Aviation Accident Overview
Flying is generally a safe means of transportation. However, when aviation accidents do occur, they often result in serious injuries and fatalities. The most common causes of both commercial aviation and general aviation accidents include:
- Pilot error
- Mechanical failure
- Federal Aviation Administration regulations violations
- Structural or design problems
- Negligence of Flight Service Station employees
- Negligence of Federal Air Traffic Controllers
As a vertical takeoff and landing vehicle, a helicopter faces special challenges. Many fly at low altitudes, where collisions with trees, towers, tall buildings and power lines are a risk. The helicopter accident rate is nearly eight times the accident rate for commercial airlines and a third higher than the crash rate for general aviation aircraft.
Emergency Medical Service Helicopters
Emergency medical service or EMS helicopters are special helicopters used to rescue people from precarious situations or to transfer critically ill people to the hospital. They are used to evacuate people stranded on mountain tops or to rush people to distant hospitals.
Unfortunately, there has been a recent increase in EMS Helicopter crashes. Missions that are intended to save lives are resulting in the deaths of not only the people intended to be rescued but the rescuers as well. Extreme circumstances including bad weather, high altitudes, night flying and landing in hazardous landing zones contribute to the increased risk.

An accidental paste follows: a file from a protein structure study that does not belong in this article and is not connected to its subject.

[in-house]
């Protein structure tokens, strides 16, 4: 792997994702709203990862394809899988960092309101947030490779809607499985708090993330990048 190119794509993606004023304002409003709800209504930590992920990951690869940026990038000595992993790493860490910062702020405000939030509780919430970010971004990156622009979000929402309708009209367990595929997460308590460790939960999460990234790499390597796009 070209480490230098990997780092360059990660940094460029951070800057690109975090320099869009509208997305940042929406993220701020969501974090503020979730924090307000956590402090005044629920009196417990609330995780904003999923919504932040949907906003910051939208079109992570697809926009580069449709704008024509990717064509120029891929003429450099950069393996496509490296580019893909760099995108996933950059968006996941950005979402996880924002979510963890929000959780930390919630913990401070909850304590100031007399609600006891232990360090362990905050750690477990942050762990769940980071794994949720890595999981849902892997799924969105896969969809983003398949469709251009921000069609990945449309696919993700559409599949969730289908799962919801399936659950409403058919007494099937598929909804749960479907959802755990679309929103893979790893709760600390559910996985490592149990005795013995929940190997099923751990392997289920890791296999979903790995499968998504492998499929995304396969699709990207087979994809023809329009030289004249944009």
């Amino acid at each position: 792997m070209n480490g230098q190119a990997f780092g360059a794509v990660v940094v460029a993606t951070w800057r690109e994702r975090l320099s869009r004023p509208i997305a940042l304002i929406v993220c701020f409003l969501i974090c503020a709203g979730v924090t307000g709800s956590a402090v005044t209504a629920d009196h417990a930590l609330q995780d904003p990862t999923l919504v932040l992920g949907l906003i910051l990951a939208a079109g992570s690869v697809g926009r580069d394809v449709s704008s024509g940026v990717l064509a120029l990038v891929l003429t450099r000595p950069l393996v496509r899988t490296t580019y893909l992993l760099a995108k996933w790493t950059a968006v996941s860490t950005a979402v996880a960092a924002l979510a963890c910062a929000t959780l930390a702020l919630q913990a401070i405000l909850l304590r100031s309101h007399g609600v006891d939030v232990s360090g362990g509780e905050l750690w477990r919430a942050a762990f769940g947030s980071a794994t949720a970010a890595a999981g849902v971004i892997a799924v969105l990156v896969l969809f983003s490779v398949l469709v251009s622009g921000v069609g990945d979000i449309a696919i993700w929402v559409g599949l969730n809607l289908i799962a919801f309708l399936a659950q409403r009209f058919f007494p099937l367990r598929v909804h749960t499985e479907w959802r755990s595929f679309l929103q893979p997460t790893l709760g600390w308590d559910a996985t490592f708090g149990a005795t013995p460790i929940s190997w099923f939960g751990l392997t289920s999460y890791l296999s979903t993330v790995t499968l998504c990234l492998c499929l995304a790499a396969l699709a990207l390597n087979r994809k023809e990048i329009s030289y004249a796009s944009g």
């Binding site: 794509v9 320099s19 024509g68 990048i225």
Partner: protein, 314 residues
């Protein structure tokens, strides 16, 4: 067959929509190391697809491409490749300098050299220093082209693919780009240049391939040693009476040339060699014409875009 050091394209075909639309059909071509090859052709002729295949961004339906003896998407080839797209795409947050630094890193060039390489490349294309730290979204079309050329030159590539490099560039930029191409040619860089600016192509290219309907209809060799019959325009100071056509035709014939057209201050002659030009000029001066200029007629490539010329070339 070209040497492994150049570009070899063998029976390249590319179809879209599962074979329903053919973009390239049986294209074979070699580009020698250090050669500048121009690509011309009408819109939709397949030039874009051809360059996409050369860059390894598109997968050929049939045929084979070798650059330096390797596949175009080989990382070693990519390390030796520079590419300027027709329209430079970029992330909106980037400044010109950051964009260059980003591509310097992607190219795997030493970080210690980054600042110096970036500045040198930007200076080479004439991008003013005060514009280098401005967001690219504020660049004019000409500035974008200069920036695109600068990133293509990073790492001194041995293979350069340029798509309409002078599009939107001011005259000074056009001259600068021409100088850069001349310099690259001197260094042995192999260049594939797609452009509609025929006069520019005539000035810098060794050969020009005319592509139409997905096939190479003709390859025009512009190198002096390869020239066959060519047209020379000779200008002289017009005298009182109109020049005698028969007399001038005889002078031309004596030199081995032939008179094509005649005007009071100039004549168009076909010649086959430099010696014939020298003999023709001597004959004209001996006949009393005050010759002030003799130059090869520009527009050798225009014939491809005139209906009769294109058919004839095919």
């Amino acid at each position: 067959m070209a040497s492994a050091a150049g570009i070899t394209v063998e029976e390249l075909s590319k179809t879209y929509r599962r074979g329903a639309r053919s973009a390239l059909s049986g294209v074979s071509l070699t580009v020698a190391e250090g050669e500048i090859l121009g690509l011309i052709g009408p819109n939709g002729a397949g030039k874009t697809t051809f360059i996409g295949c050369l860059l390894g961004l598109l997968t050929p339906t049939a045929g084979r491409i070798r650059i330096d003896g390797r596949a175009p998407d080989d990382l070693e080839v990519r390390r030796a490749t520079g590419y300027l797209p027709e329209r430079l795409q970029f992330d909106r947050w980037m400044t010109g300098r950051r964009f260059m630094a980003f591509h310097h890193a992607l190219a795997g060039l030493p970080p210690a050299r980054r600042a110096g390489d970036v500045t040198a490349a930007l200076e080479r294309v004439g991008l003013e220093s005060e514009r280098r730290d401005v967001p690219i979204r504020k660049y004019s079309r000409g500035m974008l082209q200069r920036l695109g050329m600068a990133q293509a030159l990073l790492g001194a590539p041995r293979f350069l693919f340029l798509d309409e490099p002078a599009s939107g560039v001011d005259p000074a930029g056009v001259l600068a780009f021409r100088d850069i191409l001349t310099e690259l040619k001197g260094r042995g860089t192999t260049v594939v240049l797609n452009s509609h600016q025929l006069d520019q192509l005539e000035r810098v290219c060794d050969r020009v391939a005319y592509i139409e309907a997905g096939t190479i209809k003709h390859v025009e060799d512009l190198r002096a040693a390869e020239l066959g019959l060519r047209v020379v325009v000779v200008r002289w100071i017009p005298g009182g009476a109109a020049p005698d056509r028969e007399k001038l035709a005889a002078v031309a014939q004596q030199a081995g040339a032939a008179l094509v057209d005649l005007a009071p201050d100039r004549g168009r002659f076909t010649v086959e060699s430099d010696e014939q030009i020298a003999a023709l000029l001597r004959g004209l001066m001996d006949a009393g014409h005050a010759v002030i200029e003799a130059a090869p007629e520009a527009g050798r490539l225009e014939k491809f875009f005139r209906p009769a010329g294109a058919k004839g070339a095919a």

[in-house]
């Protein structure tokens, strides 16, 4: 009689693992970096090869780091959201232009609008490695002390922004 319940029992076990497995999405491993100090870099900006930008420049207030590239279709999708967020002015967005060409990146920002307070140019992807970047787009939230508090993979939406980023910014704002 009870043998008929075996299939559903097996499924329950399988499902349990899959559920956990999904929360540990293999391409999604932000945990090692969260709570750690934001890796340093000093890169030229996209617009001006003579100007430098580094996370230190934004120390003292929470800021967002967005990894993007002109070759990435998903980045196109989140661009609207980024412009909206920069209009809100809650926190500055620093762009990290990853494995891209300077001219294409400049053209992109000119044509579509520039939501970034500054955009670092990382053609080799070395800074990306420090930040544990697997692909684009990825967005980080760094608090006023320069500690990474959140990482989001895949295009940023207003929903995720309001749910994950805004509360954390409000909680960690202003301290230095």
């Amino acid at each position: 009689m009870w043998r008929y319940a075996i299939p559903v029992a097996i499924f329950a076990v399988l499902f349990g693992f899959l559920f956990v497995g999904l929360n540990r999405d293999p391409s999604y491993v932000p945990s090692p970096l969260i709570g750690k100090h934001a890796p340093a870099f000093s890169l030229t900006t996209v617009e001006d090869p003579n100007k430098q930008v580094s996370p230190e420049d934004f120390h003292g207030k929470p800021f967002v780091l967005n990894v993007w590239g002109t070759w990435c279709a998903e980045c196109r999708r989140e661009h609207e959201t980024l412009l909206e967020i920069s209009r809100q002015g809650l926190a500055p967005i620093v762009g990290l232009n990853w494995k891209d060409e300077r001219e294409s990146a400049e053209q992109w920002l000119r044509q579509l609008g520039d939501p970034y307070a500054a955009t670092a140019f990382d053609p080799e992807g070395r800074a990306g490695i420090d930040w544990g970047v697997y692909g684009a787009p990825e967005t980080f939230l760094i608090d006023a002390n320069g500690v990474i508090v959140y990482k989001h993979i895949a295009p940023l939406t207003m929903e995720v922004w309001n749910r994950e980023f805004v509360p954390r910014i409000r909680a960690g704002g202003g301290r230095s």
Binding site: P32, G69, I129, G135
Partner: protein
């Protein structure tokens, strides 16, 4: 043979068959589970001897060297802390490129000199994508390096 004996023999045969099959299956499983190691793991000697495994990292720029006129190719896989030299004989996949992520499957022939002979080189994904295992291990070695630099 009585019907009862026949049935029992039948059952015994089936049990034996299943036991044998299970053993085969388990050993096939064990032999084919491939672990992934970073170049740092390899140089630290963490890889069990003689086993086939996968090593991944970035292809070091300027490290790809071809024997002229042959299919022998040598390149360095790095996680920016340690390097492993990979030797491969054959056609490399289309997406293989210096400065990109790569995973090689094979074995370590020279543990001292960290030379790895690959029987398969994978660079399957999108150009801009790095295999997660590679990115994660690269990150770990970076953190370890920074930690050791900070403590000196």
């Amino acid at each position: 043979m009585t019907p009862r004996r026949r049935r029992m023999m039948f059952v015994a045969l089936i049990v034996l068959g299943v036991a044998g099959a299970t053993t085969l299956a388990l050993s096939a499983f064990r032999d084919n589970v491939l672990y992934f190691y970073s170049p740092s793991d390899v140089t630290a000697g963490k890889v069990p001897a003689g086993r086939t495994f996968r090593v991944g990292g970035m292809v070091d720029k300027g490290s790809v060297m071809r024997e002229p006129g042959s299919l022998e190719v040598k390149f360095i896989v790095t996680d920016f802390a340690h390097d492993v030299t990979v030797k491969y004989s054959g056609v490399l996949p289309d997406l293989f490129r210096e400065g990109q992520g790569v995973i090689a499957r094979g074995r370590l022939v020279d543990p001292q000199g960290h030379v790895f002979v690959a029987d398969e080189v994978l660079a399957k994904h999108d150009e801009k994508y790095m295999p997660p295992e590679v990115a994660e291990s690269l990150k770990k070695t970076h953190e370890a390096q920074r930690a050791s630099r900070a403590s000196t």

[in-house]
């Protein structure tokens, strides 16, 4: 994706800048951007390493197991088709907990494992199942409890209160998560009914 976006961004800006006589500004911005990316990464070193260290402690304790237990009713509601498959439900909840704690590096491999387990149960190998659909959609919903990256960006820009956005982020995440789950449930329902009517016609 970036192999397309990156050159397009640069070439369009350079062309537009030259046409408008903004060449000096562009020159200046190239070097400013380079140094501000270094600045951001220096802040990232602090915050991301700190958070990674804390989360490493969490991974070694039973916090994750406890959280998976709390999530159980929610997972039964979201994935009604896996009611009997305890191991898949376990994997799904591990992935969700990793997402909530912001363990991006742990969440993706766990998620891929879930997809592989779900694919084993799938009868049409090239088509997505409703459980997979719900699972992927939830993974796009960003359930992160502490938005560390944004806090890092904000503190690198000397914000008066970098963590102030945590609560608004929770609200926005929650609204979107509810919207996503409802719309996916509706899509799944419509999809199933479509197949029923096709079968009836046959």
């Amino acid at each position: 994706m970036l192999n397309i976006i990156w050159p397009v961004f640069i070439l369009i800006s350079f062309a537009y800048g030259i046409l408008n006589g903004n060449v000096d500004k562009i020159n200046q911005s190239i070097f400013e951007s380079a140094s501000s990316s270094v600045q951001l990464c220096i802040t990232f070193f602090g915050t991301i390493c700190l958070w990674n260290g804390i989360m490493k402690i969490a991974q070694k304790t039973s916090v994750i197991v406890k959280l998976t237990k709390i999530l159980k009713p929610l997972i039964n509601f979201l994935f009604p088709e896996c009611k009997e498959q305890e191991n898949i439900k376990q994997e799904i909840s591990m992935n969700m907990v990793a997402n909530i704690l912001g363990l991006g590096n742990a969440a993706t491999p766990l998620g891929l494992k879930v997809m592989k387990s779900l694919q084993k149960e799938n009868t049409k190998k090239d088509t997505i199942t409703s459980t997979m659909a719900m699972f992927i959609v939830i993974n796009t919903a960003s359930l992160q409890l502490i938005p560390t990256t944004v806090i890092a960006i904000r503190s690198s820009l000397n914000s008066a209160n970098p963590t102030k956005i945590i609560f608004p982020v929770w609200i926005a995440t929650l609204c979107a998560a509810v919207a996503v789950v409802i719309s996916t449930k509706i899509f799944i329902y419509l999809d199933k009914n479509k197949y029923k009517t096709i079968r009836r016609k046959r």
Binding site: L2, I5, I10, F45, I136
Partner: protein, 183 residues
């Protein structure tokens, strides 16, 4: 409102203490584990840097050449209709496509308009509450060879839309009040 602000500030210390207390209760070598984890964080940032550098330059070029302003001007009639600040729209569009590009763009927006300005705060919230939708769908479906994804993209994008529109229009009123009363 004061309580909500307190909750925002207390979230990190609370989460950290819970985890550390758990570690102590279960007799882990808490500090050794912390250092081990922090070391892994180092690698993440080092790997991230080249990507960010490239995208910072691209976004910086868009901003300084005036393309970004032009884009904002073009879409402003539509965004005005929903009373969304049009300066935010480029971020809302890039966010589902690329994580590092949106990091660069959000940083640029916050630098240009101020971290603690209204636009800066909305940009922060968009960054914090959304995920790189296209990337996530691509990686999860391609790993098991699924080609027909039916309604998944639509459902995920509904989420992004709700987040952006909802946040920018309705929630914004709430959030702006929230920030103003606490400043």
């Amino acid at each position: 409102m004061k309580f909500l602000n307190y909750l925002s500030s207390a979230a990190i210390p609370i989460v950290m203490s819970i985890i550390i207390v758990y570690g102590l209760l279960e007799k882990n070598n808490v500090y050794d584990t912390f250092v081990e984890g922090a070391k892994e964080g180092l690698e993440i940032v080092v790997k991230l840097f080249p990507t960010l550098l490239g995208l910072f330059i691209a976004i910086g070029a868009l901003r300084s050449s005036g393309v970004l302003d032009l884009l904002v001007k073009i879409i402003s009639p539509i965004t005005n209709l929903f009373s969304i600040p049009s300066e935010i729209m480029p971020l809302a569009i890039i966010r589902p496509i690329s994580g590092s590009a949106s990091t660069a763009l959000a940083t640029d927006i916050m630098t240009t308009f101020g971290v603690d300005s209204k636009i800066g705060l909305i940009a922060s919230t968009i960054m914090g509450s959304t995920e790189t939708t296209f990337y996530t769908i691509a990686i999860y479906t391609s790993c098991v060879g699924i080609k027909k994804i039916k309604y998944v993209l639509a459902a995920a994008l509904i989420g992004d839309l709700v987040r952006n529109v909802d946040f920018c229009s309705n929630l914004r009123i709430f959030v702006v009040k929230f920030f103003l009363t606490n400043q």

Descent and landing accidents account for 36% of all aviation accidents. There are five stages of the descent and landing process. These include descent, approach, landing, go-around or aborted landing, and taxi. When a problem occurs during any of the five steps, an accident could result. Although not all accidents result in death, there is an increased likelihood that injury and fatalities may occur.
Pilot error is the primary cause of all general aviation accidents. Pilot errors that have led to accidents have included disregarding weather conditions, negligent or inadequate preflight planning, inadequate flight experience, and irresponsibility during flight, faulty maneuvers, intoxication while flying or failure to follow procedures.
It's also possible that mechanical failure caused or contributed to an accident. It may be that a mechanic negligently failed to detect or properly repair a component of the plane. If a mechanical failure is the results a defect in the design or construction of an airplane or one of its components, the plaintiff may seek to establish a products liability claim against the manufacturer of the component or the airplane. To establish such a claim, the plaintiff must show that the manufacturer of the component that caused the accident failed to detect a defect in the particular component that was used in the airplane that had the accident.
Airplane accidents are incredibly complex. They may have more than one cause and numerous responsible parties. It sometimes takes months or even years for the exact cause or causes to be determined. It is thus important to consult an experienced aviation attorney who can evaluate your claim, research the facts, and help you recover the compensation to which you are entitled.
From Our Blog
- Many Consumers Are Misinformed about Safety of Nutritional Supplements
- Report: Nursing Homes Often Get Away with Sedating Patients
- Why You Should Avoid Buying an All-Terrain Vehicle for Your Child
- Universal Motorcycle Helmet Laws Linked to Lower TBI Rates
- US Continues to Lag behind in Traffic Safety